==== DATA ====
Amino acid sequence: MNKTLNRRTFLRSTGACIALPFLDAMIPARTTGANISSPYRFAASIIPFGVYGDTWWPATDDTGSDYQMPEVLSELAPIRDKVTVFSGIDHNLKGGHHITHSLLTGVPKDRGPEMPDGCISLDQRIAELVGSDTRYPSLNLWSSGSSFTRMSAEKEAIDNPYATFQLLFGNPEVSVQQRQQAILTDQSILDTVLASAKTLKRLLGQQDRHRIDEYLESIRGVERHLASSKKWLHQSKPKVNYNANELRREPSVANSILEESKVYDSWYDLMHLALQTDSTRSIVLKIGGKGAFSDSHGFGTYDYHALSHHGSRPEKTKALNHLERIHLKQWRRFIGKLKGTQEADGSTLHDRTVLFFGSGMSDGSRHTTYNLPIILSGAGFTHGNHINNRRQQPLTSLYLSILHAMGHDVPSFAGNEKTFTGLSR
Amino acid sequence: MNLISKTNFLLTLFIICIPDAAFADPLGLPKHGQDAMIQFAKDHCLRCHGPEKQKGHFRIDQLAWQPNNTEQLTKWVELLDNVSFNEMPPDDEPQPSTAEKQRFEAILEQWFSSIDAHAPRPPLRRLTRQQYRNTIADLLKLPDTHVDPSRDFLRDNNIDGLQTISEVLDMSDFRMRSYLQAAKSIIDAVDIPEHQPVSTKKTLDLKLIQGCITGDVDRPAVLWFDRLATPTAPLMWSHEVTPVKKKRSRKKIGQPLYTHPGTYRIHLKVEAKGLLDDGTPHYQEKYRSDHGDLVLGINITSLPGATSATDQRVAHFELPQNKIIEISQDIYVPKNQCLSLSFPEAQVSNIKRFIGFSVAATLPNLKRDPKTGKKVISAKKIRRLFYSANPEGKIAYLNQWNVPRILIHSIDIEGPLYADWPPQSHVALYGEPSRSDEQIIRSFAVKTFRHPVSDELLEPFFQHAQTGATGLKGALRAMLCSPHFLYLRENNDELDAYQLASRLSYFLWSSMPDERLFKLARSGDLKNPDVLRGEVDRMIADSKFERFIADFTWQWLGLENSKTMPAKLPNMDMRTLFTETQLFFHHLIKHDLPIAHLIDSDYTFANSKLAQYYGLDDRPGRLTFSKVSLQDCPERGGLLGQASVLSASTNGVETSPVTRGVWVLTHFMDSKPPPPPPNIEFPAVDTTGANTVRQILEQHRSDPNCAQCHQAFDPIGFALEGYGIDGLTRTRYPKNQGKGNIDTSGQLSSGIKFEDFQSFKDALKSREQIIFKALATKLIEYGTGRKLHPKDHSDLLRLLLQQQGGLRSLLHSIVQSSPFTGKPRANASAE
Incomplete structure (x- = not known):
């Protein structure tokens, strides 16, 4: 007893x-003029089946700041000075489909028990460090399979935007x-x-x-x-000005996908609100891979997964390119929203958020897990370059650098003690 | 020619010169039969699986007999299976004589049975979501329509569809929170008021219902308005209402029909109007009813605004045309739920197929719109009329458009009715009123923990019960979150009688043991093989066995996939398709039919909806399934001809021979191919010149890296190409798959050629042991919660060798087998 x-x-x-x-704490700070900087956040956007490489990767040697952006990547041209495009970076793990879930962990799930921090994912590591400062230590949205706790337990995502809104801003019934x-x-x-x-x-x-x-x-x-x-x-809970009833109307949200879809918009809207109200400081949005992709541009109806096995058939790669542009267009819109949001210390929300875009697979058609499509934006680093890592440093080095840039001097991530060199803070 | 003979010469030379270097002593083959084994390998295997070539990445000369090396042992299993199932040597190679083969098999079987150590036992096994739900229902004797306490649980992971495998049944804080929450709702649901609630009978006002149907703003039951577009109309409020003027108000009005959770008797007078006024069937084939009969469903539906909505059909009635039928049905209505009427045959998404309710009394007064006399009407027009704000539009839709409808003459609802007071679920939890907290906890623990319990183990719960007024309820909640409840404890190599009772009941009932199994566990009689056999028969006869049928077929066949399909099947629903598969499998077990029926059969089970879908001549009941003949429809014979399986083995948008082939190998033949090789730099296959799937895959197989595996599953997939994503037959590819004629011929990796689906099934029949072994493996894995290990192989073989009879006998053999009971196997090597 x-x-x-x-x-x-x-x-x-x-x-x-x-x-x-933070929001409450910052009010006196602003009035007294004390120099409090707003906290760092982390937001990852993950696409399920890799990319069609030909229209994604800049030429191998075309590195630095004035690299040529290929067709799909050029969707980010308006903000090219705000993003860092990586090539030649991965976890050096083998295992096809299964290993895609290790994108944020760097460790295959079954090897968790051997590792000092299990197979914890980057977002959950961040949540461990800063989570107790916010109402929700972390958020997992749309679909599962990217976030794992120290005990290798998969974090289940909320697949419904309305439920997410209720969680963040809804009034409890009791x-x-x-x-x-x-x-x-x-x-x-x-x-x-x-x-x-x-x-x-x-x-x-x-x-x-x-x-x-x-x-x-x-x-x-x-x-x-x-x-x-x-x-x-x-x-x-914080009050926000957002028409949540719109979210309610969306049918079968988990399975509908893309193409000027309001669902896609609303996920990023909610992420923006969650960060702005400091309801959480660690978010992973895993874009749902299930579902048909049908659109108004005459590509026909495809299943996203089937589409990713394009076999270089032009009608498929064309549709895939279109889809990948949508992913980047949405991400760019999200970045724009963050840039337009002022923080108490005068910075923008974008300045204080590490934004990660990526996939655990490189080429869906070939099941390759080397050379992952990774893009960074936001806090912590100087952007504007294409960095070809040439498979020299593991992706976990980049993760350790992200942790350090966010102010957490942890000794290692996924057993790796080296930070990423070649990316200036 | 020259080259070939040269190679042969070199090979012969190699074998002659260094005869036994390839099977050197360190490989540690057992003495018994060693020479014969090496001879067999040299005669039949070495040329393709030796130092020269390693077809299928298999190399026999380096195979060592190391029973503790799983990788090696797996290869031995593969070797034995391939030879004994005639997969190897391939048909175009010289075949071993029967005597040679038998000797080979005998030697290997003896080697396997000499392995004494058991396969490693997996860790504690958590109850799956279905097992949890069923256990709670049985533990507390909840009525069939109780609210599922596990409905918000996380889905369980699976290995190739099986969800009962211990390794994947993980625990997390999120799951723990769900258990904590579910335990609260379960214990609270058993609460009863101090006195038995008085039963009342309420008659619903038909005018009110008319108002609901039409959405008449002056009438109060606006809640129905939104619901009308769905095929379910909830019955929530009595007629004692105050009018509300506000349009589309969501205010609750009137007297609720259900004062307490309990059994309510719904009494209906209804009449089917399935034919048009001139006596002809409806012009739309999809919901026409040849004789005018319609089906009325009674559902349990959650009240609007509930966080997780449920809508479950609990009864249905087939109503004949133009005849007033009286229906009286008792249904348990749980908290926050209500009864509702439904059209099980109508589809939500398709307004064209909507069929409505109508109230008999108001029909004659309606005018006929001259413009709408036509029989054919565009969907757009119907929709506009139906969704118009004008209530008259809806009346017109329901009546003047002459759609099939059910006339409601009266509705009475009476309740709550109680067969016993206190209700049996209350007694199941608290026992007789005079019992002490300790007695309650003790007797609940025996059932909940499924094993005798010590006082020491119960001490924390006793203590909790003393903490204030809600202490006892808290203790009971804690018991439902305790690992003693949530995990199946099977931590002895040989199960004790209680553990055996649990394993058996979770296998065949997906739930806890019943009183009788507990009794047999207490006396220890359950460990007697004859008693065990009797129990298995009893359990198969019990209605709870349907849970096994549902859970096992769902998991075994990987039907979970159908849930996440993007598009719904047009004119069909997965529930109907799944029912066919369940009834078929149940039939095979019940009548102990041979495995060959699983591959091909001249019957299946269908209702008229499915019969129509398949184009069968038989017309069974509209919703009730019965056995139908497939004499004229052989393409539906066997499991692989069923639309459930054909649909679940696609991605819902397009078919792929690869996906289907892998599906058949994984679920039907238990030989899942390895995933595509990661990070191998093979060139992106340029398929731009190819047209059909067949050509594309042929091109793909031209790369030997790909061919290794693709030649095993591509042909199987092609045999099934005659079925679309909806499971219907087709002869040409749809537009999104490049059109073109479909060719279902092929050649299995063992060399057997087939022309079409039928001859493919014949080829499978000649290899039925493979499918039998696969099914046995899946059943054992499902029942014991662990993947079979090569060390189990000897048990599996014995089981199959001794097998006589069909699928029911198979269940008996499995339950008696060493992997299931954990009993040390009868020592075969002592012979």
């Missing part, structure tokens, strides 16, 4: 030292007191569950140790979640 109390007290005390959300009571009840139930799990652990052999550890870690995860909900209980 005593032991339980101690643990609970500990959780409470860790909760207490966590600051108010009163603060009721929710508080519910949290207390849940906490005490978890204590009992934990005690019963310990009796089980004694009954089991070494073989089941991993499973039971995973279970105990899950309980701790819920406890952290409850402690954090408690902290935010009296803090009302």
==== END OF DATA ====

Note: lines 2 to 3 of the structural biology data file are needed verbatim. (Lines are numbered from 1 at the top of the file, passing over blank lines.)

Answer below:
Amino acid sequence: MNLISKTNFLLTLFIICIPDAAFADPLGLPKHGQDAMIQFAKDHCLRCHGPEKQKGHFRIDQLAWQPNNTEQLTKWVELLDNVSFNEMPPDDEPQPSTAEKQRFEAILEQWFSSIDAHAPRPPLRRLTRQQYRNTIADLLKLPDTHVDPSRDFLRDNNIDGLQTISEVLDMSDFRMRSYLQAAKSIIDAVDIPEHQPVSTKKTLDLKLIQGCITGDVDRPAVLWFDRLATPTAPLMWSHEVTPVKKKRSRKKIGQPLYTHPGTYRIHLKVEAKGLLDDGTPHYQEKYRSDHGDLVLGINITSLPGATSATDQRVAHFELPQNKIIEISQDIYVPKNQCLSLSFPEAQVSNIKRFIGFSVAATLPNLKRDPKTGKKVISAKKIRRLFYSANPEGKIAYLNQWNVPRILIHSIDIEGPLYADWPPQSHVALYGEPSRSDEQIIRSFAVKTFRHPVSDELLEPFFQHAQTGATGLKGALRAMLCSPHFLYLRENNDELDAYQLASRLSYFLWSSMPDERLFKLARSGDLKNPDVLRGEVDRMIADSKFERFIADFTWQWLGLENSKTMPAKLPNMDMRTLFTETQLFFHHLIKHDLPIAHLIDSDYTFANSKLAQYYGLDDRPGRLTFSKVSLQDCPERGGLLGQASVLSASTNGVETSPVTRGVWVLTHFMDSKPPPPPPNIEFPAVDTTGANTVRQILEQHRSDPNCAQCHQAFDPIGFALEGYGIDGLTRTRYPKNQGKGNIDTSGQLSSGIKFEDFQSFKDALKSREQIIFKALATKLIEYGTGRKLHPKDHSDLLRLLLQQQGGLRSLLHSIVQSSPFTGKPRANASAE
Incomplete structure (x- = not known):